That’s the beautiful and scary thing about it — I can do it with nobody else being involved. I can sign as a member of the group without the group’s permission. It’s not clear if this is a feature or a bug, but it’s clear it is a scientific discovery. Ring signatures have been used — there’s a cryptocurrency called monero that says they use it for the privacy of transactions. But frankly, I don’t really know who’s using our work. The truth is, I’m too busy to follow it.
How did your work evolve into analyzing the security of our devices?
In the early 2000s I was at the end of my Ph.D., working with Shafi Goldwasser at MIT. People had just started talking about cloud computing, which now we use every day. Before, you had a huge desktop where everything was done. With the increase in large data collection, computations became more costly, and they started to be done remotely. The idea is there’s a powerful cloud that does computations for you. But you may not trust the cloud platform, so how do you know that they’re doing the computation correctly? Sometimes there may be an incentive to cheat because the computation can be very costly. And then in some settings you may be worried about random error. So you really want a proof that this computation is correct.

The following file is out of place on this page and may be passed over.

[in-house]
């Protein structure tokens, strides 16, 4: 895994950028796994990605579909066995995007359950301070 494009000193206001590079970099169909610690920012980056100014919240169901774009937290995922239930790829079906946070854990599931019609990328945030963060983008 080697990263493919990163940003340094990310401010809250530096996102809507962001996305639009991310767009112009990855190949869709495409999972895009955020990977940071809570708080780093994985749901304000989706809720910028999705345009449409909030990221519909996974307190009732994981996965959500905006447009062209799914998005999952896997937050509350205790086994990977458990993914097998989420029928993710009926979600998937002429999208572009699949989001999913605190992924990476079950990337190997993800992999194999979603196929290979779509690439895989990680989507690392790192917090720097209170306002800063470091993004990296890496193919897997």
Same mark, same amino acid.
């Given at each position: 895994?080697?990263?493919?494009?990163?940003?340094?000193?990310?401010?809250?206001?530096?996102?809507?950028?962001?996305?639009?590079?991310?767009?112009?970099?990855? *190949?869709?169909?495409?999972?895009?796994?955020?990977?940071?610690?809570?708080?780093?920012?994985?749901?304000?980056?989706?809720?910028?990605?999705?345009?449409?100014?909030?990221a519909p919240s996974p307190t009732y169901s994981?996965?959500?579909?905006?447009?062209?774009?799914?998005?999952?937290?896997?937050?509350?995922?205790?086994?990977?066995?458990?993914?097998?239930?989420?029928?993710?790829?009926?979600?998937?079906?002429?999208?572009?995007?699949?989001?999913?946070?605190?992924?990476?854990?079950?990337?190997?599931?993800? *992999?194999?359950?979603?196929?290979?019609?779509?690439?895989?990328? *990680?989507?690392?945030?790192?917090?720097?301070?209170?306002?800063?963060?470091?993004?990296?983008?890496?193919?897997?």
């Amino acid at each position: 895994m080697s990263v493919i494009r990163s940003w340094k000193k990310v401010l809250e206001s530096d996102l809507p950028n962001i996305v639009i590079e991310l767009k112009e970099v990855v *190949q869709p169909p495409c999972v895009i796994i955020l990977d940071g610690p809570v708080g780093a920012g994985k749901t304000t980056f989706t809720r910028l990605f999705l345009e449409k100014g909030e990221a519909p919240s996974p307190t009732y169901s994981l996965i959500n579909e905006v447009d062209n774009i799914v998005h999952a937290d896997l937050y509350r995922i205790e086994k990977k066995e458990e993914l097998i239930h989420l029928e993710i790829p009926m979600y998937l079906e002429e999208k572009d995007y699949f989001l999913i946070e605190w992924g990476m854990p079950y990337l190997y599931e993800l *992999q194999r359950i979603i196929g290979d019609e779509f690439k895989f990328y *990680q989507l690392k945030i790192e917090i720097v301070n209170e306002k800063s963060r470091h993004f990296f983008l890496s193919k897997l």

But typically proofs are very long, and weak devices can’t verify long proofs. Even for devices that can, it’s very costly. So is there a way we can shrink the proofs? Information-theoretically, no. But it turns out that by using cryptographic tools, we can instead generate succinct certificates that are very, very hard to fake. These are called succinct non-interactive arguments, or SNARGs. It’s not a proof, really. But as long as you cannot solve some problem that we cryptographers believe to be very hard, like factoring large numbers, then you cannot fake the succinct proofs.
How did these proofs come about?
It started in 1985 with Shafi Goldwasser, Silvio Micali and Charles Rackoff, who together introduced a notion of interactive proofs. Before, when people thought about proofs, they thought about writing lines of data, and you can read and check if they’re correct or not. Goldwasser, Micali and Rackoff introduced a completely different way of proving something: using interaction. There’s a prover and there’s a verifier, and they exchange messages back and forth. Then the verifier decides if they are convinced or not.